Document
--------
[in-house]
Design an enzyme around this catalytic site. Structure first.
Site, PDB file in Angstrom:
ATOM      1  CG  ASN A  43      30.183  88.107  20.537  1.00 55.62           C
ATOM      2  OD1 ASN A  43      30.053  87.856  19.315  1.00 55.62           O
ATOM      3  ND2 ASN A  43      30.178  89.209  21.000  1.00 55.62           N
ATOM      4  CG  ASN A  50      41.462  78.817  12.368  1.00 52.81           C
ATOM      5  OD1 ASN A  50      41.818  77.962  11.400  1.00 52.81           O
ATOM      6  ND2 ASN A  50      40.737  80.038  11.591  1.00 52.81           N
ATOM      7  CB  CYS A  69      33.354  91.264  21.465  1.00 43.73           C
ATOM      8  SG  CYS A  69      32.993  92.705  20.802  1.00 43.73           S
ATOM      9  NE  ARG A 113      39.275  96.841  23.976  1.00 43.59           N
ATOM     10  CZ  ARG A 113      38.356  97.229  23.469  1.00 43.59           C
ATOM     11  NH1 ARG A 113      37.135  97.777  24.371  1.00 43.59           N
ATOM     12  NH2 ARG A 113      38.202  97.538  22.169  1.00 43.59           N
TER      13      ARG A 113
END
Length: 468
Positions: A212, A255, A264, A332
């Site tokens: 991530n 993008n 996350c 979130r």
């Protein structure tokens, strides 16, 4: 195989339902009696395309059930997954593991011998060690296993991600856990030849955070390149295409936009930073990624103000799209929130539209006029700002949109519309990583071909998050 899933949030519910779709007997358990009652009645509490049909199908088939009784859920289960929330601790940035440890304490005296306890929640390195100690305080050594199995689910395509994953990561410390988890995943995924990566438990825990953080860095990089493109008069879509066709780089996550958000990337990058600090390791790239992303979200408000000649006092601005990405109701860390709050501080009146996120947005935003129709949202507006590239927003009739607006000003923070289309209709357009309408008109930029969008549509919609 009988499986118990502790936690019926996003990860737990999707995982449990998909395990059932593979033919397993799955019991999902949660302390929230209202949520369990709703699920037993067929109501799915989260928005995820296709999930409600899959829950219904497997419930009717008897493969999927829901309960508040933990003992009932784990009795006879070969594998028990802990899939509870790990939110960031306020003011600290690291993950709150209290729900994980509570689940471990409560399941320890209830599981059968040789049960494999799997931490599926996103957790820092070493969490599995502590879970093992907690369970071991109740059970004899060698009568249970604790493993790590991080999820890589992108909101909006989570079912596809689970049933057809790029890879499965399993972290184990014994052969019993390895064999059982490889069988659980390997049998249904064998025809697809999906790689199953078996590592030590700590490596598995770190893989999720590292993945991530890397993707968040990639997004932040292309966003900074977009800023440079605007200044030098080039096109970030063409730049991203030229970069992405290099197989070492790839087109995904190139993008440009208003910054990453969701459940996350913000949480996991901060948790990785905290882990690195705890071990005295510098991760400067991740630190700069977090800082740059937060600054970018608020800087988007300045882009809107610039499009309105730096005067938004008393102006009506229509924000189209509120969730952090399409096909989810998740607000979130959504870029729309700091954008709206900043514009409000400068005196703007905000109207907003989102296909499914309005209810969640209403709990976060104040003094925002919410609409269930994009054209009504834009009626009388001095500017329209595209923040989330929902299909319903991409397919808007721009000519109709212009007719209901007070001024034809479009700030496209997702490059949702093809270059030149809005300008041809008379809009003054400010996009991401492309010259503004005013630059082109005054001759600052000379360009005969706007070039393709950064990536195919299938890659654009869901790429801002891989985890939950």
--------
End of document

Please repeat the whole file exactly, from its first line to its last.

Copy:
[in-house]
Design an enzyme around this catalytic site. Structure first.
Site, PDB file in Angstrom:
ATOM      1  CG  ASN A  43      30.183  88.107  20.537  1.00 55.62           C
ATOM      2  OD1 ASN A  43      30.053  87.856  19.315  1.00 55.62           O
ATOM      3  ND2 ASN A  43      30.178  89.209  21.000  1.00 55.62           N
ATOM      4  CG  ASN A  50      41.462  78.817  12.368  1.00 52.81           C
ATOM      5  OD1 ASN A  50      41.818  77.962  11.400  1.00 52.81           O
ATOM      6  ND2 ASN A  50      40.737  80.038  11.591  1.00 52.81           N
ATOM      7  CB  CYS A  69      33.354  91.264  21.465  1.00 43.73           C
ATOM      8  SG  CYS A  69      32.993  92.705  20.802  1.00 43.73           S
ATOM      9  NE  ARG A 113      39.275  96.841  23.976  1.00 43.59           N
ATOM     10  CZ  ARG A 113      38.356  97.229  23.469  1.00 43.59           C
ATOM     11  NH1 ARG A 113      37.135  97.777  24.371  1.00 43.59           N
ATOM     12  NH2 ARG A 113      38.202  97.538  22.169  1.00 43.59           N
TER      13      ARG A 113
END
Length: 468
Positions: A212, A255, A264, A332
């Site tokens: 991530n 993008n 996350c 979130r």
């Protein structure tokens, strides 16, 4: 195989339902009696395309059930997954593991011998060690296993991600856990030849955070390149295409936009930073990624103000799209929130539209006029700002949109519309990583071909998050 899933949030519910779709007997358990009652009645509490049909199908088939009784859920289960929330601790940035440890304490005296306890929640390195100690305080050594199995689910395509994953990561410390988890995943995924990566438990825990953080860095990089493109008069879509066709780089996550958000990337990058600090390791790239992303979200408000000649006092601005990405109701860390709050501080009146996120947005935003129709949202507006590239927003009739607006000003923070289309209709357009309408008109930029969008549509919609 009988499986118990502790936690019926996003990860737990999707995982449990998909395990059932593979033919397993799955019991999902949660302390929230209202949520369990709703699920037993067929109501799915989260928005995820296709999930409600899959829950219904497997419930009717008897493969999927829901309960508040933990003992009932784990009795006879070969594998028990802990899939509870790990939110960031306020003011600290690291993950709150209290729900994980509570689940471990409560399941320890209830599981059968040789049960494999799997931490599926996103957790820092070493969490599995502590879970093992907690369970071991109740059970004899060698009568249970604790493993790590991080999820890589992108909101909006989570079912596809689970049933057809790029890879499965399993972290184990014994052969019993390895064999059982490889069988659980390997049998249904064998025809697809999906790689199953078996590592030590700590490596598995770190893989999720590292993945991530890397993707968040990639997004932040292309966003900074977009800023440079605007200044030098080039096109970030063409730049991203030229970069992405290099197989070492790839087109995904190139993008440009208003910054990453969701459940996350913000949480996991901060948790990785905290882990690195705890071990005295510098991760400067991740630190700069977090800082740059937060600054970018608020800087988007300045882009809107610039499009309105730096005067938004008393102006009506229509924000189209509120969730952090399409096909989810998740607000979130959504870029729309700091954008709206900043514009409000400068005196703007905000109207907003989102296909499914309005209810969640209403709990976060104040003094925002919410609409269930994009054209009504834009009626009388001095500017329209595209923040989330929902299909319903991409397919808007721009000519109709212009007719209901007070001024034809479009700030496209997702490059949702093809270059030149809005300008041809008379809009003054400010996009991401492309010259503004005013630059082109005054001759600052000379360009005969706007070039393709950064990536195919299938890659654009869901790429801002891989985890939950």